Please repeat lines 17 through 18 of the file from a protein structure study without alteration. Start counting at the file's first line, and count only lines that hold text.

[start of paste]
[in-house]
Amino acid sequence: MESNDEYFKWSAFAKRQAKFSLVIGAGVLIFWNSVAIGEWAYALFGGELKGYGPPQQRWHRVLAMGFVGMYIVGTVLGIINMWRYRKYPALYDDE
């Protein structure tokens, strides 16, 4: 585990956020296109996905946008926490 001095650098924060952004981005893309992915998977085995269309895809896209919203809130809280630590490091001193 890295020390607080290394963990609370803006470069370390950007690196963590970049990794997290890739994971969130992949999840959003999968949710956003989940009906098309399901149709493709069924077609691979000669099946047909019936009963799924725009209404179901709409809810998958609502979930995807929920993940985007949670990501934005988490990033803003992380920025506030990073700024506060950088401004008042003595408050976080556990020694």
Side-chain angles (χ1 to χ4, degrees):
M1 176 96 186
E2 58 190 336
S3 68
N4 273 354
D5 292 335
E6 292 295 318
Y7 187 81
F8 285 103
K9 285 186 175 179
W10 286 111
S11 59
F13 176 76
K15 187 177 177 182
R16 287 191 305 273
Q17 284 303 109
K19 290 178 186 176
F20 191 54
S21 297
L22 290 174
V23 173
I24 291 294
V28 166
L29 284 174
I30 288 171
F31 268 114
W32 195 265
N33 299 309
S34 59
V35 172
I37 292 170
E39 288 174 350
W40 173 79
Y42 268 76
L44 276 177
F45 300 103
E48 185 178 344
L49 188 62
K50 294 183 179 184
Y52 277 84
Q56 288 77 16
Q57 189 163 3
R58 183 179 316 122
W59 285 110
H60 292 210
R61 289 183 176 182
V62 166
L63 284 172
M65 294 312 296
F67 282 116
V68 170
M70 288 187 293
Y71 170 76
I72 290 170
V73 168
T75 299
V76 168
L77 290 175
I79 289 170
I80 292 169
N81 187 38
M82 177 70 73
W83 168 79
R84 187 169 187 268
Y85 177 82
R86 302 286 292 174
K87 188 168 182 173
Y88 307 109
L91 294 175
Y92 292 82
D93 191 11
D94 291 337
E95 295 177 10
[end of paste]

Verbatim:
K15 187 177 177 182
R16 287 191 305 273